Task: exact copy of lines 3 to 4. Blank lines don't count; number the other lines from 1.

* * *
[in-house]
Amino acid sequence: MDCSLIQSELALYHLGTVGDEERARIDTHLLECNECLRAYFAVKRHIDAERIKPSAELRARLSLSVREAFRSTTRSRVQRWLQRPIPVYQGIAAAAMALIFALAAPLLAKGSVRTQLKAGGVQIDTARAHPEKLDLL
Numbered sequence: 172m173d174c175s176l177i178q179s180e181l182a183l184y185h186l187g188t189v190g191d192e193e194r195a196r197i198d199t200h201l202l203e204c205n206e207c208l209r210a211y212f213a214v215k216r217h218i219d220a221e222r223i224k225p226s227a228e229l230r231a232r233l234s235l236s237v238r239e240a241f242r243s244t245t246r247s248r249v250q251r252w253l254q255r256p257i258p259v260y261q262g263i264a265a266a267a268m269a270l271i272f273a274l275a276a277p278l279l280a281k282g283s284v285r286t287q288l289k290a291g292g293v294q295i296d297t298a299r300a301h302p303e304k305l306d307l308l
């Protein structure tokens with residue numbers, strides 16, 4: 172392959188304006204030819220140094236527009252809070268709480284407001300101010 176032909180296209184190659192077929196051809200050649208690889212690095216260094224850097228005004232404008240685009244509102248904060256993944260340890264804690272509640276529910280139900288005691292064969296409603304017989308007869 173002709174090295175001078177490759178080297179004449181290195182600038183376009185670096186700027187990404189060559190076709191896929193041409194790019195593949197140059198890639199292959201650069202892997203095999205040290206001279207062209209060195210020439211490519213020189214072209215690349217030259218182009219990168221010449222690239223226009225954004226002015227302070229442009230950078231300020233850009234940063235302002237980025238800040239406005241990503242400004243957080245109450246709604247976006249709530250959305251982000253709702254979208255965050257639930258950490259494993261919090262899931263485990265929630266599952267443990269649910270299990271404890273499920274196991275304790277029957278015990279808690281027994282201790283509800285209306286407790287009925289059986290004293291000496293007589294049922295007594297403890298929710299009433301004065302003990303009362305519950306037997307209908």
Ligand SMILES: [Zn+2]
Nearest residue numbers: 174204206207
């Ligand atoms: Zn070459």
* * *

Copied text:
Numbered sequence: 172m173d174c175s176l177i178q179s180e181l182a183l184y185h186l187g188t189v190g191d192e193e194r195a196r197i198d199t200h201l202l203e204c205n206e207c208l209r210a211y212f213a214v215k216r217h218i219d220a221e222r223i224k225p226s227a228e229l230r231a232r233l234s235l236s237v238r239e240a241f242r243s244t245t246r247s248r249v250q251r252w253l254q255r256p257i258p259v260y261q262g263i264a265a266a267a268m269a270l271i272f273a274l275a276a277p278l279l280a281k282g283s284v285r286t287q288l289k290a291g292g293v294q295i296d297t298a299r300a301h302p303e304k305l306d307l308l
């Protein structure tokens with residue numbers, strides 16, 4: 172392959188304006204030819220140094236527009252809070268709480284407001300101010 176032909180296209184190659192077929196051809200050649208690889212690095216260094224850097228005004232404008240685009244509102248904060256993944260340890264804690272509640276529910280139900288005691292064969296409603304017989308007869 173002709174090295175001078177490759178080297179004449181290195182600038183376009185670096186700027187990404189060559190076709191896929193041409194790019195593949197140059198890639199292959201650069202892997203095999205040290206001279207062209209060195210020439211490519213020189214072209215690349217030259218182009219990168221010449222690239223226009225954004226002015227302070229442009230950078231300020233850009234940063235302002237980025238800040239406005241990503242400004243957080245109450246709604247976006249709530250959305251982000253709702254979208255965050257639930258950490259494993261919090262899931263485990265929630266599952267443990269649910270299990271404890273499920274196991275304790277029957278015990279808690281027994282201790283509800285209306286407790287009925289059986290004293291000496293007589294049922295007594297403890298929710299009433301004065302003990303009362305519950306037997307209908």